3. Chapter 2
Ere noon the following day, Faramir was gone again. Returning from an errand, Idrin caught a distant glimpse of him in the stables before he rode out, and made her way there. In truth, had she not heard the low murmur of voices speaking quietly together, she would not have realised something was afoot.
The scent of fresh hay mingled with the distinct odour of horses filled her nostrils as she stepped over the threshold. Her nose crinkled involuntarily: it had been some time since she had last come to the stables, but then the horses had been much fewer and the smells more vague. She stood a moment in the doorway, trying to compose her features and breathing.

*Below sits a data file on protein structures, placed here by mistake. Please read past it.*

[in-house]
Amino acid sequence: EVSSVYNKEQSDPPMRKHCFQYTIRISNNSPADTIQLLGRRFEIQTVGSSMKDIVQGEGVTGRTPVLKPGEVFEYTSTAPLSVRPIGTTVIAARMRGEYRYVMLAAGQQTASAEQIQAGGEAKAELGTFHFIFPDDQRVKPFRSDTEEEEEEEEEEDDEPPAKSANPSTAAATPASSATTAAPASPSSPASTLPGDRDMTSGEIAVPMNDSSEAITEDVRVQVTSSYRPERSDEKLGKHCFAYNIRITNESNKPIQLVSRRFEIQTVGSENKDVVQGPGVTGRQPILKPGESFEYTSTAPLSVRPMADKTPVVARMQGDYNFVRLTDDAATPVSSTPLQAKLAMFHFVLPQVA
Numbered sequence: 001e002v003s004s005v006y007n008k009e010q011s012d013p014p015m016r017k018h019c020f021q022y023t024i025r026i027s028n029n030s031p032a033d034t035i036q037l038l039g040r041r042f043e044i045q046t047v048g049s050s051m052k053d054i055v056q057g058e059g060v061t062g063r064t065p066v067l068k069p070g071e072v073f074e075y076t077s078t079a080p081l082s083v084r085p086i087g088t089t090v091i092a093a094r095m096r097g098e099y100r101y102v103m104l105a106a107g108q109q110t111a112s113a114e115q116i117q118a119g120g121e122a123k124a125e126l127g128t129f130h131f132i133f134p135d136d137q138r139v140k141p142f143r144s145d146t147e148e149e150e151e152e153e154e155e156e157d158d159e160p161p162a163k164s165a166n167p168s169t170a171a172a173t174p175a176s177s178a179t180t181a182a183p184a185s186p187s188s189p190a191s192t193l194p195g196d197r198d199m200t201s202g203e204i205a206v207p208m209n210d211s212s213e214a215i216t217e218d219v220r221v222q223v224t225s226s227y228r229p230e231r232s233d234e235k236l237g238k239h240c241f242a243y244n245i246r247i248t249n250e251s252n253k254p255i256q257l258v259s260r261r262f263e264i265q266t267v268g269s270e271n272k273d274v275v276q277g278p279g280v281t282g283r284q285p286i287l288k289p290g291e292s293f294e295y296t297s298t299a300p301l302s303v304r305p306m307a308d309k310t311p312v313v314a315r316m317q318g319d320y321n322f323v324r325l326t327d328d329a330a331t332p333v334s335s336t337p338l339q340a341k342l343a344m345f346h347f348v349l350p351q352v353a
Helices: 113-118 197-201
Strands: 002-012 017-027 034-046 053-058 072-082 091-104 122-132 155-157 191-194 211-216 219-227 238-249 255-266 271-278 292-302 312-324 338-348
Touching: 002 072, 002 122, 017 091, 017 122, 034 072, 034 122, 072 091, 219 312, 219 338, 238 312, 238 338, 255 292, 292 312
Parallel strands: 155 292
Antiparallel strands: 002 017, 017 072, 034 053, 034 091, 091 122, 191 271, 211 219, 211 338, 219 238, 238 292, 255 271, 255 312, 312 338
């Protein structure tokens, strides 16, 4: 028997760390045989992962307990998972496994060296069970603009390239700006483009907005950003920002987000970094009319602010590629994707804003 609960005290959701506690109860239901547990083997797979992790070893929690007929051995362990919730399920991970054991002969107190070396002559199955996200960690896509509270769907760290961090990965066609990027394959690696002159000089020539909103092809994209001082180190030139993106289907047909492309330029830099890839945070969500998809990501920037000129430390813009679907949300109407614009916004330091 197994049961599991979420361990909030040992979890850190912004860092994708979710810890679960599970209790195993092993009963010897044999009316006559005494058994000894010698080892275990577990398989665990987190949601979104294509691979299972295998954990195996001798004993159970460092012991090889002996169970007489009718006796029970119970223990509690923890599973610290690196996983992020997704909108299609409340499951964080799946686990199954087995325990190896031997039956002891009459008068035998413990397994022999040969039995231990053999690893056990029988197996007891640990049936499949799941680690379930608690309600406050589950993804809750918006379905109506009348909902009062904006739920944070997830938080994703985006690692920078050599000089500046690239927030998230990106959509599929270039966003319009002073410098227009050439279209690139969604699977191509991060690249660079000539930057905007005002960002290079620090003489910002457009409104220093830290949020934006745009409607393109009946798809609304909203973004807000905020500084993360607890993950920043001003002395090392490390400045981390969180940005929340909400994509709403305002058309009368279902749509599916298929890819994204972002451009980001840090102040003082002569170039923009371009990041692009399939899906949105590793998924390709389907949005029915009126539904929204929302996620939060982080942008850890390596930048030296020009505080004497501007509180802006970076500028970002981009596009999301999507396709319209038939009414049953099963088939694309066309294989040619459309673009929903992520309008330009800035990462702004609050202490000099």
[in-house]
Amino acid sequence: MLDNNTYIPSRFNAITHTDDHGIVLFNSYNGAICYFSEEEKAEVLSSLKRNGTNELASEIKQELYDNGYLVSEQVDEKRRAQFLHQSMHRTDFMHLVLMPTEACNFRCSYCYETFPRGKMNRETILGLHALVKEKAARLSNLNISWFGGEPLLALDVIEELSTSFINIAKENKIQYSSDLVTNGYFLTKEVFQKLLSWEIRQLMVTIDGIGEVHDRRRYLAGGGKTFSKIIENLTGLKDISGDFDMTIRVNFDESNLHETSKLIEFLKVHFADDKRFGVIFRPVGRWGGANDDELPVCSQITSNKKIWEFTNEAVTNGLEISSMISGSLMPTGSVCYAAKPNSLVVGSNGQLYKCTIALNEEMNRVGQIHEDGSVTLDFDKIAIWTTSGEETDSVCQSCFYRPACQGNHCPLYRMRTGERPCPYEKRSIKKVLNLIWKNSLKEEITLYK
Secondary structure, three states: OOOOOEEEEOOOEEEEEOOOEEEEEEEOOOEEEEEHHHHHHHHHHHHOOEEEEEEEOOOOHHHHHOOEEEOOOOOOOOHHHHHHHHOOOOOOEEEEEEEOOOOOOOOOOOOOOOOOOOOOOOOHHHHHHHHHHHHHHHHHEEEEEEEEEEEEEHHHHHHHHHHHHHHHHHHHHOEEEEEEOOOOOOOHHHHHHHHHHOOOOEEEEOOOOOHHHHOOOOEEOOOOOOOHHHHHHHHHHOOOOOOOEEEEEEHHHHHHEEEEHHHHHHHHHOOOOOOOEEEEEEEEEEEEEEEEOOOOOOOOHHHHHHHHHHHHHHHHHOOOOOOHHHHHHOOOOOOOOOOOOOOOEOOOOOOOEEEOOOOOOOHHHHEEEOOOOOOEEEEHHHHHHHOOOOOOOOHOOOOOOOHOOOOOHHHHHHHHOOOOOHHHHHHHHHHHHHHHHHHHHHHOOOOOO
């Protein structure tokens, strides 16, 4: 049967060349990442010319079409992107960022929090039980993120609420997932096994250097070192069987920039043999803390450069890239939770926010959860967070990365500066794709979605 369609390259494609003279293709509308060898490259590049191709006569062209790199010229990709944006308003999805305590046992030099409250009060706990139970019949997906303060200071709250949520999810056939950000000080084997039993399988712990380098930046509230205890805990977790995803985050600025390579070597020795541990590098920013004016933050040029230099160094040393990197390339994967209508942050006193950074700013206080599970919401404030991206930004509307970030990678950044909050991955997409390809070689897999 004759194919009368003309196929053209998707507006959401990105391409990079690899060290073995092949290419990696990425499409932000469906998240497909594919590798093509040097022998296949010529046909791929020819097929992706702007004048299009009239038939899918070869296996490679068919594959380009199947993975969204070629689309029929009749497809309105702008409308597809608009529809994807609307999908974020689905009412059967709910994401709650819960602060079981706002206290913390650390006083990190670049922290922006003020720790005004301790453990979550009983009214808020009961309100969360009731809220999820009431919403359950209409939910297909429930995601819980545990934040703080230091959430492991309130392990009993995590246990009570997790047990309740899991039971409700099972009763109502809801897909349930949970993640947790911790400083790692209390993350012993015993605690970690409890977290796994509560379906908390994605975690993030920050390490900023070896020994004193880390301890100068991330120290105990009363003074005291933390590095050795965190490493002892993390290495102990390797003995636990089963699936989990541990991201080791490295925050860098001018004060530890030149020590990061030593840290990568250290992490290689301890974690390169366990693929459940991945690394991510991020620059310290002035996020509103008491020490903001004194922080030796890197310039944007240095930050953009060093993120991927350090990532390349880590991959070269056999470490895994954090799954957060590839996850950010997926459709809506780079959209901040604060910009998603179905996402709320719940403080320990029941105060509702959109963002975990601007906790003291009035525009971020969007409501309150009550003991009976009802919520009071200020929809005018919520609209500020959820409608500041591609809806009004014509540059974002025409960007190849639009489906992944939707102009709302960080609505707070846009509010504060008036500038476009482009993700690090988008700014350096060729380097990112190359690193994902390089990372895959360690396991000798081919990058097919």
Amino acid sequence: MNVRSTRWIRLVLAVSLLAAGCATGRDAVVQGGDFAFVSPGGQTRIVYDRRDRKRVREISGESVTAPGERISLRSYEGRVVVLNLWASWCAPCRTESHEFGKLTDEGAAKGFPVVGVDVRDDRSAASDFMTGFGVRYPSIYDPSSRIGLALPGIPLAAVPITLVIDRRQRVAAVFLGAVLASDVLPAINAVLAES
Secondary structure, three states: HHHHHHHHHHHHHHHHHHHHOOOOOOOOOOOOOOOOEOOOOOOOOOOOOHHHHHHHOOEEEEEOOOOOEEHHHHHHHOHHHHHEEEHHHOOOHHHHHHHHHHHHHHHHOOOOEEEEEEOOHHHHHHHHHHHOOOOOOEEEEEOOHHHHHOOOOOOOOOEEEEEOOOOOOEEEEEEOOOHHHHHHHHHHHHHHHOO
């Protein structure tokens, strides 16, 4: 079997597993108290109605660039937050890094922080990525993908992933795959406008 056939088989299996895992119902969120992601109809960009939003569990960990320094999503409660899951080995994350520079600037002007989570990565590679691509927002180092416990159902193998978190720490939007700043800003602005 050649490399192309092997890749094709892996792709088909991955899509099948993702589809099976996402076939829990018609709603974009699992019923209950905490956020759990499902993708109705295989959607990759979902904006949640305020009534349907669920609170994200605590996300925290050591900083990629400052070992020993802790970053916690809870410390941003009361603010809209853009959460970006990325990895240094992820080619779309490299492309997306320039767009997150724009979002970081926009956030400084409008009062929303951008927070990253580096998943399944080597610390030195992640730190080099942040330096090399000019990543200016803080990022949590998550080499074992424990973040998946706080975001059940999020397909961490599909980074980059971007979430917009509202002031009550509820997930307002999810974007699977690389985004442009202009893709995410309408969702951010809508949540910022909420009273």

Stableboys went hither and thither, tending to animals and stalls, and seeing to riding equipment in need of repair. The Rangers of Ithilien who had come with Faramir the previous evening busied themselves saddling their horses while conversing softly in their own tongue. Faramir was there also, but he kept silent, his gaze low as he adjusted his mount's girth straps with deft fingers. He seemed lost in thought.
Idrin picked up her skirts and walked further inside, her soft shoes barely making a sound as she trod upon the thin layer of straw that coated the cobbled floor. Coming closer she discerned that all four men were clad in shining mail under their green hooded cloaks; swords hung at their sides and helms stood on a low bench at their feet. She saw now that Faramir wore a grave expression: the expression of one who has quietly resigned to an unjust pending doom. She recalled hearing rumour of the Steward's Council that had been held earlier that morning, and her feet faltered. Then she came to a noiseless halt by the silent man.